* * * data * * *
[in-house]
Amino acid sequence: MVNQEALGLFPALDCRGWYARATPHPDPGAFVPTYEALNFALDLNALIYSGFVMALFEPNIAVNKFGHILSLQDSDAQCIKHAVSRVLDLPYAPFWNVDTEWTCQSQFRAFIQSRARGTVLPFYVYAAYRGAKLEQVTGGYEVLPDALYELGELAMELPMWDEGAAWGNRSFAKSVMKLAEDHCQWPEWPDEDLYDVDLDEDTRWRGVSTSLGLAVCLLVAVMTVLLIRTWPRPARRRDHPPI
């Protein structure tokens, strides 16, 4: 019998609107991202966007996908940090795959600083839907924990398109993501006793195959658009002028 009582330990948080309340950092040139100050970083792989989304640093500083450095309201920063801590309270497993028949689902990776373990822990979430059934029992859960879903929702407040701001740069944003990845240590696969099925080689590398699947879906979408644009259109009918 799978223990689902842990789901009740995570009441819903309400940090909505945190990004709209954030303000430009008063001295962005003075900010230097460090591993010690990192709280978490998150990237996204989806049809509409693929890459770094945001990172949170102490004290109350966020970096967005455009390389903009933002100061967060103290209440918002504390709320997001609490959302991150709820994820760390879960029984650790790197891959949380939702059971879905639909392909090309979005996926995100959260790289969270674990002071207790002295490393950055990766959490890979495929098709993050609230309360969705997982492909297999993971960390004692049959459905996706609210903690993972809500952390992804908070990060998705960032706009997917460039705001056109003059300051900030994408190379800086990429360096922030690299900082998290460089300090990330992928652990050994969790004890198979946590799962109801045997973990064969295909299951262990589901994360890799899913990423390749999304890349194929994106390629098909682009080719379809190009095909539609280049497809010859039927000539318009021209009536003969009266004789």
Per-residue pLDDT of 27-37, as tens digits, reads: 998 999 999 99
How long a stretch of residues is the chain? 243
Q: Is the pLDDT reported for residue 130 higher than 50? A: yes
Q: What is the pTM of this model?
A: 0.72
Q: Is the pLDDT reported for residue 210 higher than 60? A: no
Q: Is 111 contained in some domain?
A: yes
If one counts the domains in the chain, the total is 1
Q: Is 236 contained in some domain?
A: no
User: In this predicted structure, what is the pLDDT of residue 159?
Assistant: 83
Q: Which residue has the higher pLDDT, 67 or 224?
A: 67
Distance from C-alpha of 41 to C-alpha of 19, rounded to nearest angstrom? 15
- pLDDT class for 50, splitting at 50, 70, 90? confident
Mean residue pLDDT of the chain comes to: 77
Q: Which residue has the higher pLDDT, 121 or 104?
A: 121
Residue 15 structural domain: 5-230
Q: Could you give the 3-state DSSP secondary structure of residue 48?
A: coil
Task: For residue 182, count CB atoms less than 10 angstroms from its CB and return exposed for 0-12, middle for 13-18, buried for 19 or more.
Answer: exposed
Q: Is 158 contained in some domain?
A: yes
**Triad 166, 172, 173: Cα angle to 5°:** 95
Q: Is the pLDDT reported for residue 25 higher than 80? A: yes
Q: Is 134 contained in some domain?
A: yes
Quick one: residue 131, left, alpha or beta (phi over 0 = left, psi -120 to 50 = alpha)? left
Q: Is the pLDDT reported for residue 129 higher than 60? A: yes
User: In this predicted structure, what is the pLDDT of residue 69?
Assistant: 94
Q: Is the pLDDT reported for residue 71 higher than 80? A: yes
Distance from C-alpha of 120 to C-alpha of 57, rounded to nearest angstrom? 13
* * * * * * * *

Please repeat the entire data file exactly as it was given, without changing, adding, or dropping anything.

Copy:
[in-house]
Amino acid sequence: MVNQEALGLFPALDCRGWYARATPHPDPGAFVPTYEALNFALDLNALIYSGFVMALFEPNIAVNKFGHILSLQDSDAQCIKHAVSRVLDLPYAPFWNVDTEWTCQSQFRAFIQSRARGTVLPFYVYAAYRGAKLEQVTGGYEVLPDALYELGELAMELPMWDEGAAWGNRSFAKSVMKLAEDHCQWPEWPDEDLYDVDLDEDTRWRGVSTSLGLAVCLLVAVMTVLLIRTWPRPARRRDHPPI
């Protein structure tokens, strides 16, 4: 019998609107991202966007996908940090795959600083839907924990398109993501006793195959658009002028 009582330990948080309340950092040139100050970083792989989304640093500083450095309201920063801590309270497993028949689902990776373990822990979430059934029992859960879903929702407040701001740069944003990845240590696969099925080689590398699947879906979408644009259109009918 799978223990689902842990789901009740995570009441819903309400940090909505945190990004709209954030303000430009008063001295962005003075900010230097460090591993010690990192709280978490998150990237996204989806049809509409693929890459770094945001990172949170102490004290109350966020970096967005455009390389903009933002100061967060103290209440918002504390709320997001609490959302991150709820994820760390879960029984650790790197891959949380939702059971879905639909392909090309979005996926995100959260790289969270674990002071207790002295490393950055990766959490890979495929098709993050609230309360969705997982492909297999993971960390004692049959459905996706609210903690993972809500952390992804908070990060998705960032706009997917460039705001056109003059300051900030994408190379800086990429360096922030690299900082998290460089300090990330992928652990050994969790004890198979946590799962109801045997973990064969295909299951262990589901994360890799899913990423390749999304890349194929994106390629098909682009080719379809190009095909539609280049497809010859039927000539318009021209009536003969009266004789």
Per-residue pLDDT of 27-37, as tens digits, reads: 998 999 999 99
How long a stretch of residues is the chain? 243
Q: Is the pLDDT reported for residue 130 higher than 50? A: yes
Q: What is the pTM of this model?
A: 0.72
Q: Is the pLDDT reported for residue 210 higher than 60? A: no
Q: Is 111 contained in some domain?
A: yes
If one counts the domains in the chain, the total is 1
Q: Is 236 contained in some domain?
A: no
User: In this predicted structure, what is the pLDDT of residue 159?
Assistant: 83
Q: Which residue has the higher pLDDT, 67 or 224?
A: 67
Distance from C-alpha of 41 to C-alpha of 19, rounded to nearest angstrom? 15
- pLDDT class for 50, splitting at 50, 70, 90? confident
Mean residue pLDDT of the chain comes to: 77
Q: Which residue has the higher pLDDT, 121 or 104?
A: 121
Residue 15 structural domain: 5-230
Q: Could you give the 3-state DSSP secondary structure of residue 48?
A: coil
Task: For residue 182, count CB atoms less than 10 angstroms from its CB and return exposed for 0-12, middle for 13-18, buried for 19 or more.
Answer: exposed
Q: Is 158 contained in some domain?
A: yes
**Triad 166, 172, 173: Cα angle to 5°:** 95
Q: Is the pLDDT reported for residue 25 higher than 80? A: yes
Q: Is 134 contained in some domain?
A: yes
Quick one: residue 131, left, alpha or beta (phi over 0 = left, psi -120 to 50 = alpha)? left
Q: Is the pLDDT reported for residue 129 higher than 60? A: yes
User: In this predicted structure, what is the pLDDT of residue 69?
Assistant: 94
Q: Is the pLDDT reported for residue 71 higher than 80? A: yes
Distance from C-alpha of 120 to C-alpha of 57, rounded to nearest angstrom? 13